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Still Havin’ a Party: The Stone Pony Turns 40

by Tim Donnelly on February 12, 2014

With the formation of one of the first Stone Pony house bands, The Blackberry Blues Band, which featured local guitarist “Miami Steve” Van Zandt and soul singer, “Southside Johnny” Lyon, the club gained traction and the talented collective packed the joint three nights a week.

September 9 , 1974 began the history of unannounced sets at The Pony by Bruce Springsteen, who joined his pals in The Blackberry Blues Band for a late night jam that turned into an almost weekly occurrence in the winter of ‘74-’75, when Springsteen was a stage and barroom regular waiting to unleash Born to Run on the world.

The Blackberry Booze Band soon morphed into Southside Johnny and The Asbury Jukes, where Springsteen and Van Zandt consummated their working relationship, writing songs and arrangements for both The Jukes and The E Street Band.

The drinking age was 18, bars were on every corner, the boardwalk was alive; the hot rod cruising circuit was in full effect, budding teenage Lotharios filled the arcades and The Stone Pony was packed with sweaty, sunburned and slightly inebriated throngs.

Just years after devastating race riots burned in Asbury Park, The Pony was jumping with mixed-race bands made up of Jersey Shore locals, playing soul infused, and horn-section powered early rock influenced music, aka “The Jersey Shore Sound.”

The success of Born to Run in 1975 brought the Asbury Park scene major industry attention as Southside Johnny and The Asbury Jukes signed a major label deal to Epic Records and released their debut, I Don’t Want to Go Home in 1976.

A live radio broadcast on the King Biscuit Flour Hour of Southside’s Memorial Day show at The Pony featuring Springsteen, Ronnie Spector and Lee Dorsey brought the raucous Jersey Shore club to a national audience who had them singing along to “We’re Havin’ a Party.”

People of a certain age who grew up around here say the Sixties ended sometime around the arrival of disco and the Bi-Centennial. The Pony kept pace and it wasn’t long before NYC bands like The Ramones and female fronted acts led by Jersey native Debbie Harry, as well as Patti Smith, travelled down the Garden State Parkway to bring their new sound called punk to the Jersey beaches.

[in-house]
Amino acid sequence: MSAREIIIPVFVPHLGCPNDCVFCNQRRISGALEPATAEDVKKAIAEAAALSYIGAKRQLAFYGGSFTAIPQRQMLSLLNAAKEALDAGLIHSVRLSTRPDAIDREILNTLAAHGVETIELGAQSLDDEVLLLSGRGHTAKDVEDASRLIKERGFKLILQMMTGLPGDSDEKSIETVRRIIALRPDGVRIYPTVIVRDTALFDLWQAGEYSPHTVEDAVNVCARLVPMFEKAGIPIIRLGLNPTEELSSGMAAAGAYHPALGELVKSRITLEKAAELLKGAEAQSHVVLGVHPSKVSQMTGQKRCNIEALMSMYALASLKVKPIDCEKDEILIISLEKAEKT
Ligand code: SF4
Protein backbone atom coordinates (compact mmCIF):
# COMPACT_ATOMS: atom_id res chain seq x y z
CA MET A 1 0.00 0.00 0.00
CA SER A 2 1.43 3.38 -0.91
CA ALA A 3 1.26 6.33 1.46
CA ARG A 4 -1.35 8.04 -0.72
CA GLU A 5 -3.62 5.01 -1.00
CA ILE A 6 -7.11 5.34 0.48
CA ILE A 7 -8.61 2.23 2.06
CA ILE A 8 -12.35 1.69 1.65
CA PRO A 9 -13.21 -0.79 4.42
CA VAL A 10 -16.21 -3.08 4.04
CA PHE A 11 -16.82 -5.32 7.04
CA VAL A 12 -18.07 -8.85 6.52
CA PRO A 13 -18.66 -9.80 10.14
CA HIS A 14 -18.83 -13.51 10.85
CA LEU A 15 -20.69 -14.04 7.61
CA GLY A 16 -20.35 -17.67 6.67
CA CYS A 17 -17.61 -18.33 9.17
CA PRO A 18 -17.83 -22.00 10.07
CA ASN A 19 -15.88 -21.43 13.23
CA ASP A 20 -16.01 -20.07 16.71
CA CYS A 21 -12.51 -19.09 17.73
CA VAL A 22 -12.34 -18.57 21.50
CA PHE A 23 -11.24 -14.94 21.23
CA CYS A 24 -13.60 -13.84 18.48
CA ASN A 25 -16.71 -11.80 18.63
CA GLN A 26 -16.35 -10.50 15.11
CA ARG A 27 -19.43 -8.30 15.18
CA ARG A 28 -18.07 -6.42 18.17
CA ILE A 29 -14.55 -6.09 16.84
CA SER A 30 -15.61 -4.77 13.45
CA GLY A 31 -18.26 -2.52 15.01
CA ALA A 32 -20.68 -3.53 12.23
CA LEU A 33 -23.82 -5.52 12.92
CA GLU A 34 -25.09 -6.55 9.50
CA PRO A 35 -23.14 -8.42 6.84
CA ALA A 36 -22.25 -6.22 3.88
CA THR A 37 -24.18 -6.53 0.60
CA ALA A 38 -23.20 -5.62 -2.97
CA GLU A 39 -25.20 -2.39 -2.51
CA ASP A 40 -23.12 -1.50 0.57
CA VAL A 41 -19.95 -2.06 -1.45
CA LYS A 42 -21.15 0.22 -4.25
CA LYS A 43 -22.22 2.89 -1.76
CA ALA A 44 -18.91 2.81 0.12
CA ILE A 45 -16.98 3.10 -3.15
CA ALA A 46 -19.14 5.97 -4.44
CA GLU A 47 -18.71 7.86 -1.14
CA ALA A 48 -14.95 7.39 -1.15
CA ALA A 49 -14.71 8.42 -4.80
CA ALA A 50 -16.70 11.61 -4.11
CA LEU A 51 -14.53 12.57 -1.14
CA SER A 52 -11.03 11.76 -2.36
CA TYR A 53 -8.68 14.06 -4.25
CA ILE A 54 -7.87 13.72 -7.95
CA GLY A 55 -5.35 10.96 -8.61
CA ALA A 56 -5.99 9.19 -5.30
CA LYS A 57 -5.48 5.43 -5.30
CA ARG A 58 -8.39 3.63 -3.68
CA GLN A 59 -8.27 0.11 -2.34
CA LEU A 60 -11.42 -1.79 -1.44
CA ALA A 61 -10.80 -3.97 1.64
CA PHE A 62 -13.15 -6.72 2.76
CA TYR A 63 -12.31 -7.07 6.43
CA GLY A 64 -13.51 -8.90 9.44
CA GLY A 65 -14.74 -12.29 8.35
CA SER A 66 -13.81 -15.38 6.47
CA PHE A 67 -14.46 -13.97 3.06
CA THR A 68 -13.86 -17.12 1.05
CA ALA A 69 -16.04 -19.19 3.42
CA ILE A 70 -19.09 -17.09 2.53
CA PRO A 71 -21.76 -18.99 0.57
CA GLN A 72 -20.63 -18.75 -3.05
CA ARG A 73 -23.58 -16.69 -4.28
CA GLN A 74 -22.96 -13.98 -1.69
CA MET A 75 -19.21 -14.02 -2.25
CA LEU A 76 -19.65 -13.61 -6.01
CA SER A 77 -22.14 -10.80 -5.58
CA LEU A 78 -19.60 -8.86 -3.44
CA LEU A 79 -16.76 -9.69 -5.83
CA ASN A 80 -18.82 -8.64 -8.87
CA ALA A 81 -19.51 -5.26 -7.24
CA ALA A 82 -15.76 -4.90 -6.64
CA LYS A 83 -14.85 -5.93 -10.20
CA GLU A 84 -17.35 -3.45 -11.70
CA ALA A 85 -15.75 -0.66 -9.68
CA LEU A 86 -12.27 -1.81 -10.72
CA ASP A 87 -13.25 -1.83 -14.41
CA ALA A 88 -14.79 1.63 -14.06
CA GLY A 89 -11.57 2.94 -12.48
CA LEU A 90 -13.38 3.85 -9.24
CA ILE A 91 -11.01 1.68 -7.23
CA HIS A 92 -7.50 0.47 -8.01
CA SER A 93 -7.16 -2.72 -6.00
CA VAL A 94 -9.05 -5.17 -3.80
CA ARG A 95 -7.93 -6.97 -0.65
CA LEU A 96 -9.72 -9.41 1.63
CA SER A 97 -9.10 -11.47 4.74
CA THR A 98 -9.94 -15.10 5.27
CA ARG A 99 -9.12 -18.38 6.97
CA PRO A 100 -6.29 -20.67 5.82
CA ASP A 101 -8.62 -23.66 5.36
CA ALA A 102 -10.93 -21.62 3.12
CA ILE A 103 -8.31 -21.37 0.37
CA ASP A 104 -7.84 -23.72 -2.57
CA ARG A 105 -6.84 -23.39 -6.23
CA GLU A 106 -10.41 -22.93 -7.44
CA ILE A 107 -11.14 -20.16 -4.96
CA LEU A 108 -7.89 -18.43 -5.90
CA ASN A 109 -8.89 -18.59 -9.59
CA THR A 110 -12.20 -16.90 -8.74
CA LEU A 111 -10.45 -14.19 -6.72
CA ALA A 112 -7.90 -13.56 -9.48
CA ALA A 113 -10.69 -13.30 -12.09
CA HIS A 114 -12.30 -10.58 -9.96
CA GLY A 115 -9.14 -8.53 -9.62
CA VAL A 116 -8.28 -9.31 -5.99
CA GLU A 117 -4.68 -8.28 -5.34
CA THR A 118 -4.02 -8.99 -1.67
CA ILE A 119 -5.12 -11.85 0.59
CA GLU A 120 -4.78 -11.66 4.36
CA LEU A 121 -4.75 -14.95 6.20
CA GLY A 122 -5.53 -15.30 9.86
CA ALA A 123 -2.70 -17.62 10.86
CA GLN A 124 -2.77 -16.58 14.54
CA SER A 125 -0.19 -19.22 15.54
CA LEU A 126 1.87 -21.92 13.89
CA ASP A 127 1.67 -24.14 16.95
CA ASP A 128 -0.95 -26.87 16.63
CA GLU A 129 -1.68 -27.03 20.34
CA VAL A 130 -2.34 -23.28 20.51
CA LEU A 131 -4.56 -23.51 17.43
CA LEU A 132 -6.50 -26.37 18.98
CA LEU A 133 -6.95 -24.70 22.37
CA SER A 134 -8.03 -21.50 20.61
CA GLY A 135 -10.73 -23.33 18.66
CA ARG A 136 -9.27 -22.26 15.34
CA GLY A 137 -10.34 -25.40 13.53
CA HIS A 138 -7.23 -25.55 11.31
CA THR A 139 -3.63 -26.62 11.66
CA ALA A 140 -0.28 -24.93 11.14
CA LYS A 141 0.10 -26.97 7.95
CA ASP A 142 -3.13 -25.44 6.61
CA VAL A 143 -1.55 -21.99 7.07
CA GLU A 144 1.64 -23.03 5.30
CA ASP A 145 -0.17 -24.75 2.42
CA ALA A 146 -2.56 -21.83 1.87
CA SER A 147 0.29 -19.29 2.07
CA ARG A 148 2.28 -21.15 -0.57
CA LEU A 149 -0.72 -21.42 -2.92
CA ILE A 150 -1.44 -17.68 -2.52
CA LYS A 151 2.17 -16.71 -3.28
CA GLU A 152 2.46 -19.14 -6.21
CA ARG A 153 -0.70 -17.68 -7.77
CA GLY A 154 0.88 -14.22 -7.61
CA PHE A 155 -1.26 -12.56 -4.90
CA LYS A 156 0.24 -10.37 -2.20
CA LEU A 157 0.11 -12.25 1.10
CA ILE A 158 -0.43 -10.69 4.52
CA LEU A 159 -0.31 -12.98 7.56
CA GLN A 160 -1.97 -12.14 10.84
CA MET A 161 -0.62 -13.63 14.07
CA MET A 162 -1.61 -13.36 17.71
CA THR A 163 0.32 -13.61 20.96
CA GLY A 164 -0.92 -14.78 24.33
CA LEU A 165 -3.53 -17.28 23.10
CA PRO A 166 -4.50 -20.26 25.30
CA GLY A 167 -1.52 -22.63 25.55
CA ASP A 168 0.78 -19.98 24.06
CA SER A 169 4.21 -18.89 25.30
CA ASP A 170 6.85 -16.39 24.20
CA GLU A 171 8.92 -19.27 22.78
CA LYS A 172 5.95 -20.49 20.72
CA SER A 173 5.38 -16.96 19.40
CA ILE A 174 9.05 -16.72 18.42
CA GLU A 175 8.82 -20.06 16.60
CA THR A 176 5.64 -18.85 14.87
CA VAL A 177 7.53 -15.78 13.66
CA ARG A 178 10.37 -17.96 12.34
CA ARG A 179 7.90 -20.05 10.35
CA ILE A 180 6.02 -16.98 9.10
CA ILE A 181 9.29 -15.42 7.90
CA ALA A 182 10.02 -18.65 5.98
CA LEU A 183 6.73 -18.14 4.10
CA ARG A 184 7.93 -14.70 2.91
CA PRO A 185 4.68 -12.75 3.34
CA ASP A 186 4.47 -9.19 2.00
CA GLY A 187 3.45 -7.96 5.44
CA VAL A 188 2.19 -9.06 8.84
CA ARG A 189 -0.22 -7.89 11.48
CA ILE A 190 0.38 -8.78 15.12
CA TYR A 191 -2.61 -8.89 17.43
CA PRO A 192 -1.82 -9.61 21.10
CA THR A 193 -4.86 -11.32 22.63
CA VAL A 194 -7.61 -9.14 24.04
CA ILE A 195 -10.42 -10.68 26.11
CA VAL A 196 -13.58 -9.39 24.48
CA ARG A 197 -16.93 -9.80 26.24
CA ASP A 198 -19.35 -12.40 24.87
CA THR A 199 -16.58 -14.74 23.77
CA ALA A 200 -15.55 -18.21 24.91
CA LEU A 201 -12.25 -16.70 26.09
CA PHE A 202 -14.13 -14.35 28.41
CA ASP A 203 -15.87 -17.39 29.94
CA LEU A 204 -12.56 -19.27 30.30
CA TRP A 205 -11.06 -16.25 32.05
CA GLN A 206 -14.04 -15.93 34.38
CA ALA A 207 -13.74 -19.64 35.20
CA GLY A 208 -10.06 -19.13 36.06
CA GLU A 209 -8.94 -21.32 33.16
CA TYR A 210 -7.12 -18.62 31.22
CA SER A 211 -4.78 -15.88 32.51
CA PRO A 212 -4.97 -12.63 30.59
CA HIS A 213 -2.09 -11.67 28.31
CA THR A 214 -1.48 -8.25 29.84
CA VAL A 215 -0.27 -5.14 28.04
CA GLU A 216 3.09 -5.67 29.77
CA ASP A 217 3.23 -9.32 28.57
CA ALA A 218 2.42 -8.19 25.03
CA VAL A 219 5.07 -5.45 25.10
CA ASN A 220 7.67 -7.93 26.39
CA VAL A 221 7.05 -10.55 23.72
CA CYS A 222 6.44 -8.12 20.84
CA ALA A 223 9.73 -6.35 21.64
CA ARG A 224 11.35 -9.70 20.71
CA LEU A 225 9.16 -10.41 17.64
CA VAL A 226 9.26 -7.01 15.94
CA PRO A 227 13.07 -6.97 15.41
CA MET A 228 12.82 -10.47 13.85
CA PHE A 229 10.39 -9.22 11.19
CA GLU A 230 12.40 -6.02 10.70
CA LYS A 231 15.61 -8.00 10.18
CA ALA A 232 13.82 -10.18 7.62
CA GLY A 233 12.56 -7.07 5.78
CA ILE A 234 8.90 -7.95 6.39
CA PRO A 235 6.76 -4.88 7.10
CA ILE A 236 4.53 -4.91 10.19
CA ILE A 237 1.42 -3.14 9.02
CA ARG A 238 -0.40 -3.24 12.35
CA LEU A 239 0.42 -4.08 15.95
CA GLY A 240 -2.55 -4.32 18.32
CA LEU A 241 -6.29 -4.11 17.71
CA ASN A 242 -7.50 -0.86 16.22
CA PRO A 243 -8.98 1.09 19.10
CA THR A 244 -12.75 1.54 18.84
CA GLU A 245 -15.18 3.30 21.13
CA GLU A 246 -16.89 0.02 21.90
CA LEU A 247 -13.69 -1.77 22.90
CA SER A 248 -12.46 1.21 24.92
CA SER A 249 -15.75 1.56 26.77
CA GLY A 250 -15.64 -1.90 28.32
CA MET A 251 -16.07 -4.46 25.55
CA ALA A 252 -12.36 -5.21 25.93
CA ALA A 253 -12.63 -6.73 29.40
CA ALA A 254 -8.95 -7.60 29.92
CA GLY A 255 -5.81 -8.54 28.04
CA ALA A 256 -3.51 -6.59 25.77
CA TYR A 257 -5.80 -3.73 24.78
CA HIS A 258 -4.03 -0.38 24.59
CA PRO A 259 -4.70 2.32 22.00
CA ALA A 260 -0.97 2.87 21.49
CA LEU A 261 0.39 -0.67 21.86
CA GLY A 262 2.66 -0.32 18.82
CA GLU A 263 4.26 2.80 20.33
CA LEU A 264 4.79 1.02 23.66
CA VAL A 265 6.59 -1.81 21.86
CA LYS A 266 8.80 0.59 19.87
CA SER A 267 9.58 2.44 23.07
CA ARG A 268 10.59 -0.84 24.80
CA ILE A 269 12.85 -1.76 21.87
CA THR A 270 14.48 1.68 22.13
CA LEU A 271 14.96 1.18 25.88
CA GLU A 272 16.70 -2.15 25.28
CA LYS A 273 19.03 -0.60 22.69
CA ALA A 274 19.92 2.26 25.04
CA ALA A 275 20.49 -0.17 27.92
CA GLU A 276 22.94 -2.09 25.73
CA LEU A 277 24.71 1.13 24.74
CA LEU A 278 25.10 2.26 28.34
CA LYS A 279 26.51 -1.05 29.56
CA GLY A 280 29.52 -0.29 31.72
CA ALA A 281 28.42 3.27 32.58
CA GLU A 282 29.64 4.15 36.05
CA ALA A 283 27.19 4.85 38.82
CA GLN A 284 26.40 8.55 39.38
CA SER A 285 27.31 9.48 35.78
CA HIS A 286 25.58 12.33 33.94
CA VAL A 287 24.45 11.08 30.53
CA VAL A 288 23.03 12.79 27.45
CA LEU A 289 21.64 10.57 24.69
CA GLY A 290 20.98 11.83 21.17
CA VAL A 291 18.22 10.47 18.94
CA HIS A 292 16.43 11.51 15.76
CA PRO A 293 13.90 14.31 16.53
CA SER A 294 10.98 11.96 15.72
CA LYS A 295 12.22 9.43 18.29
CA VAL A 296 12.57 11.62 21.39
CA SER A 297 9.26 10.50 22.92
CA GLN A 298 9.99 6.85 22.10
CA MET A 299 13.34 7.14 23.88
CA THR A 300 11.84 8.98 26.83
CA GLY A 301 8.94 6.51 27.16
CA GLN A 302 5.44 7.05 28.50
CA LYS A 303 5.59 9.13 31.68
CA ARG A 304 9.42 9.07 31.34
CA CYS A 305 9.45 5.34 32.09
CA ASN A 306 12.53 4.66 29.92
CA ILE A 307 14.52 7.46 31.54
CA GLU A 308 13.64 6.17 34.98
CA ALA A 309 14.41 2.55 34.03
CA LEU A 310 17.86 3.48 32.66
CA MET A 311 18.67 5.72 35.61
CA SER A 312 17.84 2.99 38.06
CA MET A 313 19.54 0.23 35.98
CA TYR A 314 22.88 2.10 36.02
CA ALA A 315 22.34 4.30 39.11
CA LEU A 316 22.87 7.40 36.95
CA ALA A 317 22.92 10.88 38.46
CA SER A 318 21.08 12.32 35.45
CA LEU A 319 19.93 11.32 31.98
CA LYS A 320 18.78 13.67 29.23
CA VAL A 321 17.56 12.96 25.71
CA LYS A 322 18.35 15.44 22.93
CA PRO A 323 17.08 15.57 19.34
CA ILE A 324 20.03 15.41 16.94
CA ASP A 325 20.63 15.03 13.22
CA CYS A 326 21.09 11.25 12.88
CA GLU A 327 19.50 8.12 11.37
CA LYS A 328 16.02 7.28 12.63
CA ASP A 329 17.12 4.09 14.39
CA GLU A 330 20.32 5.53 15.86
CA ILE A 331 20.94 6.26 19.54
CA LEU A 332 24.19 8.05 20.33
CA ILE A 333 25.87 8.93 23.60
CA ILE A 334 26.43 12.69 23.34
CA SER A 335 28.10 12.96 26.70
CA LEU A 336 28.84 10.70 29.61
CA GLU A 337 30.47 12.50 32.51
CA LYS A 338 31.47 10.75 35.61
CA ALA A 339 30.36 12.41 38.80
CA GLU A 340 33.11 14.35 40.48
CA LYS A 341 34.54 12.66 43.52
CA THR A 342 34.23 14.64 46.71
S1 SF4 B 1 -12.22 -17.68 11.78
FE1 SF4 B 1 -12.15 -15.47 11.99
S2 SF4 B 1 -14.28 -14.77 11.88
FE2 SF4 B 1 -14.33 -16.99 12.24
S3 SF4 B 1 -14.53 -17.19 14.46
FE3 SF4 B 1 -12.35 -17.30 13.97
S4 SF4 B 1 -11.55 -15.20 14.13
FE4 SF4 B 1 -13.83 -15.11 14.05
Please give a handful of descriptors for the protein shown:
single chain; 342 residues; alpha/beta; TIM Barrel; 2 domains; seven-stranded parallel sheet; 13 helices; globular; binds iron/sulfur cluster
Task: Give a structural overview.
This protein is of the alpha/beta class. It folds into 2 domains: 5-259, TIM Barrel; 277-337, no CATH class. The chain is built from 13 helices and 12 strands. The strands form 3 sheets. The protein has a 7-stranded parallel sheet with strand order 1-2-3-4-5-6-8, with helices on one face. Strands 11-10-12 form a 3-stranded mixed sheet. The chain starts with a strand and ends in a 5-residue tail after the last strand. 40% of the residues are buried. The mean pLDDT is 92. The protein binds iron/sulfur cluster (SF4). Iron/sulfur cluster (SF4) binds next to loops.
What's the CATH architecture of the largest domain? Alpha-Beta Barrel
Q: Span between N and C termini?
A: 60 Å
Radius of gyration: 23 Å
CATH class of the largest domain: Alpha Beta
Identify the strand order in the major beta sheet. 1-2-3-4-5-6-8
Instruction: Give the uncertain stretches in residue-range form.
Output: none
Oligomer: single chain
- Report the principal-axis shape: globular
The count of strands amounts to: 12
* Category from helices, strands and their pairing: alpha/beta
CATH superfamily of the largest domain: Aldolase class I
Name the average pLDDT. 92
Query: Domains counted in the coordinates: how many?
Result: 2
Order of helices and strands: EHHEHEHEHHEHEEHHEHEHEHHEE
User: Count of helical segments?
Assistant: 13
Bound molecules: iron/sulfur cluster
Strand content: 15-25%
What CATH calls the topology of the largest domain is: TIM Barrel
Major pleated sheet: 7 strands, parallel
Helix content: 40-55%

The Pony rode the new wave as well as the Jersey Shore Sound (which still packs them in) with the snarky Brit Invasion of the late 70’s with Elvis Costello and The Attractions and Graham Parker. Acts based in NYC like Joan Jett and The Blackhearts, The Stray Cats and the bombast of Meatloaf all broke at the Stone Pony before going national.

2 of 4 pages


that first photo with Levon Helm is my friend Debbie Rothenberg’s from her book “Bruce Springsteen In Focus 1980-2012.” I was at that show.


By MusicMan Mark - 02/12/14

you’d think that Bruce Springsteen was the only musician to ever play Asbury Park. What about ALL the others? Lazy writers-how do you keep them on staff?

Carol Stover

By Carol Stover - 02/12/14

So many guitars. What about the House/Techno scene in Asbury park? Many DJs deserve respect for turning out 500+ people at the Stone Pony every Thursday night from 94-95.

By Shaggy - 02/12/14

Carol..Lazy? No.. I did not want this article to be a list of names, Who should I mention Lance Larson? Rasperry Park- Asbury Music Awards? No national attention needed for that sham. Shaggy- Sorry. Techno at The Pony? It’s alike Heavy Metal at The Empress.

By Tim Donnelly - 02/15/14

Yep, everyone in Bumbleville Illinois gives a crap about the lame hipster band that drew flies at the Pony during last weeks Kyle Pile or at the Razzberries. Kudos to you Tim, for balancing why someplace like the Pony stays in business (national acts) while still giving props to a local “scene” that gives it a heartbeat without playing the name game.

By me - 02/15/14

If you dont “get” the article, then you don’t “get” the Stone Pony, and you sure as hell don’t “get” rock ‘n roll. Try D’Jais a few miles south on Rte. 35….

By SMiller255 - 02/15/14

There was a kind of ad hoc circuit of venues for the acts you’ve captured so well in this article ... Of which the Stone Pony was a jewel as it still is. I’m thinking of The Peppermint Lounge, City Gardens in Trenton, JC Dobbs in Philly and the 930 Club in DC. If you had an up and coming band like John Eddie and the Front Street Runners, The Hooters or Pretty Poison, and you showcased in those venues, you were going places.

By Miguel Gonzalez - 02/20/14

So defensive. You sound like a bitter musician Tim. Can’t take the heat, then get out of your line of work. Sham? It’s obvious you don’t see the REAL asbury park then. Good luck with all that. Bennie GO HOME.

By Raspberry Park - 03/12/14


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